MSNBC’s Chris Matthews is drawing criticism for the greenish tint to his portrait of the political and personal relationship between President Ronald Reagan and House Speaker Thomas P. “Tip” O’Neill Jr.
In his New York Times review of “Tip and the Gipper: When Politics Worked,” Rutgers University history and journalism professor David Greenberg writes:
The problems begin with the false symmetry Matthews sets up. He paints Reagan and O’Neill as mirror images: two “larger than life” “Irish-American” politicians, titans of their parties, standard-bearers for their worldviews. … The idea of “two Irishmen” also rings false. O’Neill fit the type, but Reagan, though he sometimes cited the Celtic lineage on his father’s side, was a product of the small-town Protestant Midwest and of Southern California. Having become famous through movies and television, he had none of the hallmarks of the classic Irish-American politician: no base in urban neighborhoods, no feel for tavern politics, little experience with legislative horse-trading. Irishness was no more part of his persona than it is of Barack Obama’s, and it’s jarring to see Reagan described repeatedly in such terms.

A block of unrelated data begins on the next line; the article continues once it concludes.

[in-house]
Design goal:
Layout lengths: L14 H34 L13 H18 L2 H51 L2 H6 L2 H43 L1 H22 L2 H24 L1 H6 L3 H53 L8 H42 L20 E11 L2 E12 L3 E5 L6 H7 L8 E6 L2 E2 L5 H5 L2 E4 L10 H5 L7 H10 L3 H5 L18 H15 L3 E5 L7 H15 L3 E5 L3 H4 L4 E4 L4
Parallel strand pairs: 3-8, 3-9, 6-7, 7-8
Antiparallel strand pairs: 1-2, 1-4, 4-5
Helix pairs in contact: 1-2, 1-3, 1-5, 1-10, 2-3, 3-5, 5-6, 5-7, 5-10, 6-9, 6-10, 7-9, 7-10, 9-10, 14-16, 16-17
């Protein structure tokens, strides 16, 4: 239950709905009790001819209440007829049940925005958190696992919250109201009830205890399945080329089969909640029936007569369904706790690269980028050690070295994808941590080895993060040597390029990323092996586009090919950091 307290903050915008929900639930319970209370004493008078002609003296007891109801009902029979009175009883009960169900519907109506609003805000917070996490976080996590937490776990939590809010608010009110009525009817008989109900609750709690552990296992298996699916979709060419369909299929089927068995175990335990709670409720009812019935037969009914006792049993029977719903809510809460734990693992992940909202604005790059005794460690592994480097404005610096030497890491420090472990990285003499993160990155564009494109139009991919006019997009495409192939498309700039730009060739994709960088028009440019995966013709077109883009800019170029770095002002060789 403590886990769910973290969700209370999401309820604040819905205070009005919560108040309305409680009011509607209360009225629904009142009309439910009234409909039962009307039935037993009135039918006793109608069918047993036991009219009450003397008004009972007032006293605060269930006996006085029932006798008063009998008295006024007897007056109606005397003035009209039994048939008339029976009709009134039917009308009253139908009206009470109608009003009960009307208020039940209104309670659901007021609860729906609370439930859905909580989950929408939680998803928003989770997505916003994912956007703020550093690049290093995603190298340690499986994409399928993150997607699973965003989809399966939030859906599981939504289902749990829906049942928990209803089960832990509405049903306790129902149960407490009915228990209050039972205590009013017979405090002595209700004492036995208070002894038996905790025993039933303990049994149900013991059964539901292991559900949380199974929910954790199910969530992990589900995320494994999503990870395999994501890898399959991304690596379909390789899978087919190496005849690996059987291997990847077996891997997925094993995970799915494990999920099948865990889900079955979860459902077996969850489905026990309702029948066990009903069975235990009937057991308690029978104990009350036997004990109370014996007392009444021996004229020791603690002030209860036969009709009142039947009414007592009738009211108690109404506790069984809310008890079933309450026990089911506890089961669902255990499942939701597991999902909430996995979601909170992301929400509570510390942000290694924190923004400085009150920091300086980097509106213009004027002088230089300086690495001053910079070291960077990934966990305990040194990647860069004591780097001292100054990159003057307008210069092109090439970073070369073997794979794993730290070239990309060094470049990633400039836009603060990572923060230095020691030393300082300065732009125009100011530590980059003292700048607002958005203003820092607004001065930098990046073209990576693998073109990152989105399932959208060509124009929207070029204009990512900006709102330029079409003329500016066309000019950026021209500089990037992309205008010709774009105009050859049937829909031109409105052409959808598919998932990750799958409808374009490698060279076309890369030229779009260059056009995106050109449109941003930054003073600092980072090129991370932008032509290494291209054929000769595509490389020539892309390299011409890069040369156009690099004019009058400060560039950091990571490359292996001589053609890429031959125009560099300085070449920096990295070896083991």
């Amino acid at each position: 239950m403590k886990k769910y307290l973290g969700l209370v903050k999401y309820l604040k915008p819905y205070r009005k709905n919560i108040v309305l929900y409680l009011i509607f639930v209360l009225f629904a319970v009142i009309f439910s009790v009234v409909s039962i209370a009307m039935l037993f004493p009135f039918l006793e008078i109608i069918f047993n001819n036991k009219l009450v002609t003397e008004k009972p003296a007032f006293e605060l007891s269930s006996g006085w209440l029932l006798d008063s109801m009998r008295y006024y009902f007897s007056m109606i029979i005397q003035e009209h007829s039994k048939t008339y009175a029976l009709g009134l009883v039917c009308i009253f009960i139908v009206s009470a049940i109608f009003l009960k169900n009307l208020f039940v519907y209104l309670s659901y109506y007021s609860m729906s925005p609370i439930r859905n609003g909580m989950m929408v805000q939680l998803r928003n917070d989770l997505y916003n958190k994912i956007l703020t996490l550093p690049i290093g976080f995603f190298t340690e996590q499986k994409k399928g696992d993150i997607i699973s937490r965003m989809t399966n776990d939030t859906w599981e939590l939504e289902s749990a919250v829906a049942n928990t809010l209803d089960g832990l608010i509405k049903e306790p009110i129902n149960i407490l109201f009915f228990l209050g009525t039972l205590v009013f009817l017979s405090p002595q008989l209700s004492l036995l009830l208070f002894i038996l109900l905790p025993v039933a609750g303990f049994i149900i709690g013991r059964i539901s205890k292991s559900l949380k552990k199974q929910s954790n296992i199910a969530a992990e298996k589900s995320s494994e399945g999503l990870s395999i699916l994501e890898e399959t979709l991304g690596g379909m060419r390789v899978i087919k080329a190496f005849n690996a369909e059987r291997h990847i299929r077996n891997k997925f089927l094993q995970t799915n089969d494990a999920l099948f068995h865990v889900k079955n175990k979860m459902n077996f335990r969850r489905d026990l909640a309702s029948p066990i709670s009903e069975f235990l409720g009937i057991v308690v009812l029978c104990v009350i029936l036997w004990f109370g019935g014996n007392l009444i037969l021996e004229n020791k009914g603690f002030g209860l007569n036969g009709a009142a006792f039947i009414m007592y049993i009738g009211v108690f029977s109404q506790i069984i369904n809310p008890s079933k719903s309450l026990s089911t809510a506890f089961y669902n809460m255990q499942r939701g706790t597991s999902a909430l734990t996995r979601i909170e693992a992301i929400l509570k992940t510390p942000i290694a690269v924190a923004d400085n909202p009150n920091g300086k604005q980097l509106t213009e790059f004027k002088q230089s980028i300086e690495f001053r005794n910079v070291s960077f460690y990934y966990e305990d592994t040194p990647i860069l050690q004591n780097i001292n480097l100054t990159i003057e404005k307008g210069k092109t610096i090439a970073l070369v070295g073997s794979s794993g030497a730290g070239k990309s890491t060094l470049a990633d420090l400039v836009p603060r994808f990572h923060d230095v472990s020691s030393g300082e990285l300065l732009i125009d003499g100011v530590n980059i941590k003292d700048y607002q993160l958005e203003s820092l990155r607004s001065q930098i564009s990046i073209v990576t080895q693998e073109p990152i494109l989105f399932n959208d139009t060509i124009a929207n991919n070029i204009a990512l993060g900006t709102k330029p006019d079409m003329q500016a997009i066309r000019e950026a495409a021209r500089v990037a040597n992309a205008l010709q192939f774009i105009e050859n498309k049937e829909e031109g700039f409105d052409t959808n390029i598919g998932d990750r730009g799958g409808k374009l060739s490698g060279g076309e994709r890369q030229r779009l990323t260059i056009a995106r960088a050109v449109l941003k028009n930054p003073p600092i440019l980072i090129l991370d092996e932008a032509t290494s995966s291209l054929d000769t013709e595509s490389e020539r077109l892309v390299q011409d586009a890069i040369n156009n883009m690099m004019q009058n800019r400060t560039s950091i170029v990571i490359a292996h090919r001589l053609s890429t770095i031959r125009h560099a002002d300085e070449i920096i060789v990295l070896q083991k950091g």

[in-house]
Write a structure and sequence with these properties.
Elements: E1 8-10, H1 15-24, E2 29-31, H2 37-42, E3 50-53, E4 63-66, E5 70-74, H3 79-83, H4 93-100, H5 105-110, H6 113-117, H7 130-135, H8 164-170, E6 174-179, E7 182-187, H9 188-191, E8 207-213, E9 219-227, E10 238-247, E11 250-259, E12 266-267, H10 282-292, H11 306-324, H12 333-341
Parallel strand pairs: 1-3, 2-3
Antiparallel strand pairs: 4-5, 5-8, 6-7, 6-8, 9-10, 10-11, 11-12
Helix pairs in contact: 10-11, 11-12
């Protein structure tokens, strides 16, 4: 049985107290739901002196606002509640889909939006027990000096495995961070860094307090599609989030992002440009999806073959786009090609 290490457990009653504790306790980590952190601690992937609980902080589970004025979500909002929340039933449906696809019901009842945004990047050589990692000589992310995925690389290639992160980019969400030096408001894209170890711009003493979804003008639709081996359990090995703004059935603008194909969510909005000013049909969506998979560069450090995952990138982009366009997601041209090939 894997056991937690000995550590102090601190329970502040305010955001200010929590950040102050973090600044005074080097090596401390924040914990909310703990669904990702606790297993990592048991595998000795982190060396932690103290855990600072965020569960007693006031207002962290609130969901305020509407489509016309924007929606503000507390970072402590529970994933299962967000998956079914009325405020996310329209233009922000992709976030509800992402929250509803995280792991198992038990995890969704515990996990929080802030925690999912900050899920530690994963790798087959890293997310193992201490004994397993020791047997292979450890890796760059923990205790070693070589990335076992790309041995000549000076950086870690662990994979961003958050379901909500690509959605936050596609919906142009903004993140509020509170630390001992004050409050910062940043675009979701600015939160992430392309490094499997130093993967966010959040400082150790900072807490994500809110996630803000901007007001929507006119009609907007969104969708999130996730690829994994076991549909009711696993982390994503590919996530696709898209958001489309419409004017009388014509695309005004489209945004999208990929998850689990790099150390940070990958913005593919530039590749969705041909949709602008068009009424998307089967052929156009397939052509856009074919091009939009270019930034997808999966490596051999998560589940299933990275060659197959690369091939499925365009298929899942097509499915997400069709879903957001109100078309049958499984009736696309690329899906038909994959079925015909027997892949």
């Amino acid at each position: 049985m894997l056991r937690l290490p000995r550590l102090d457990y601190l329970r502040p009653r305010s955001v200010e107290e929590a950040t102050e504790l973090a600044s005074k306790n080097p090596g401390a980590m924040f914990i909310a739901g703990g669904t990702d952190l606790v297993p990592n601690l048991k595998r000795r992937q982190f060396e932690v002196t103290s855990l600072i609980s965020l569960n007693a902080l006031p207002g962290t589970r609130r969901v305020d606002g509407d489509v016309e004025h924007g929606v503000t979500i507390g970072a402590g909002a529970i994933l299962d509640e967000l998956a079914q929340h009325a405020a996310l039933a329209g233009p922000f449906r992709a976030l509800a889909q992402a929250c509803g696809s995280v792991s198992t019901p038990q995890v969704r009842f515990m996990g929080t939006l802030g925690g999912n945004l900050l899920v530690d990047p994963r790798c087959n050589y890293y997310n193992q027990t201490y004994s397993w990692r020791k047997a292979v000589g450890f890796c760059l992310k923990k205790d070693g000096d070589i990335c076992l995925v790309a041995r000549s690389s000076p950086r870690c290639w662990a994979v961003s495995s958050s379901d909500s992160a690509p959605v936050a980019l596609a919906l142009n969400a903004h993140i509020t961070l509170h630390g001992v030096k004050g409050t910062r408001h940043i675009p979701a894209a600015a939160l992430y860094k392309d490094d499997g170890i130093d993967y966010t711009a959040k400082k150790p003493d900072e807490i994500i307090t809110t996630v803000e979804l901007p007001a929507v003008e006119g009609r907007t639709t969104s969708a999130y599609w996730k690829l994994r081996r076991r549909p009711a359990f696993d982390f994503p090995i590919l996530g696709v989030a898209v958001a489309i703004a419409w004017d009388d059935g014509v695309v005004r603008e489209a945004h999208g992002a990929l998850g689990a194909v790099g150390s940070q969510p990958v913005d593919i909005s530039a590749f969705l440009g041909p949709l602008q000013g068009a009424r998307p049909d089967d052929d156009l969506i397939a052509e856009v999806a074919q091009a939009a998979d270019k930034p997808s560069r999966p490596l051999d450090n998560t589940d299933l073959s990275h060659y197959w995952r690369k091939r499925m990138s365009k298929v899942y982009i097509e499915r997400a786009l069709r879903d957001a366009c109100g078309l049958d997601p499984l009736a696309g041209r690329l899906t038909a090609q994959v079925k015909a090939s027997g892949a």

Howell Raines, a former executive editor of the Times, writes in his Washington Post review that “a reader might conclude that the current legislative crises are due to a shortage of Irish Americans in the capital.”
Matthews had plenty of company in believing that Irishness was a universal legislative emollient. Indeed, from the start, Reagan aides, O’Neill aides and journalists, including David Broder and James Reston, rallied to what Broder called the “stubborn Irishmen” theory. This book conjures the mood of “The Quiet Man,” in which John Wayne and Victor McLaglen buddy up after a bar brawl.
I haven’t read the book myself, and I haven’t seen any reviews from Irish media sources. Greenberg says Matthews “has a fine appreciation of blarney.” I would suggest the word Greenberg meant to use is “malarkey.”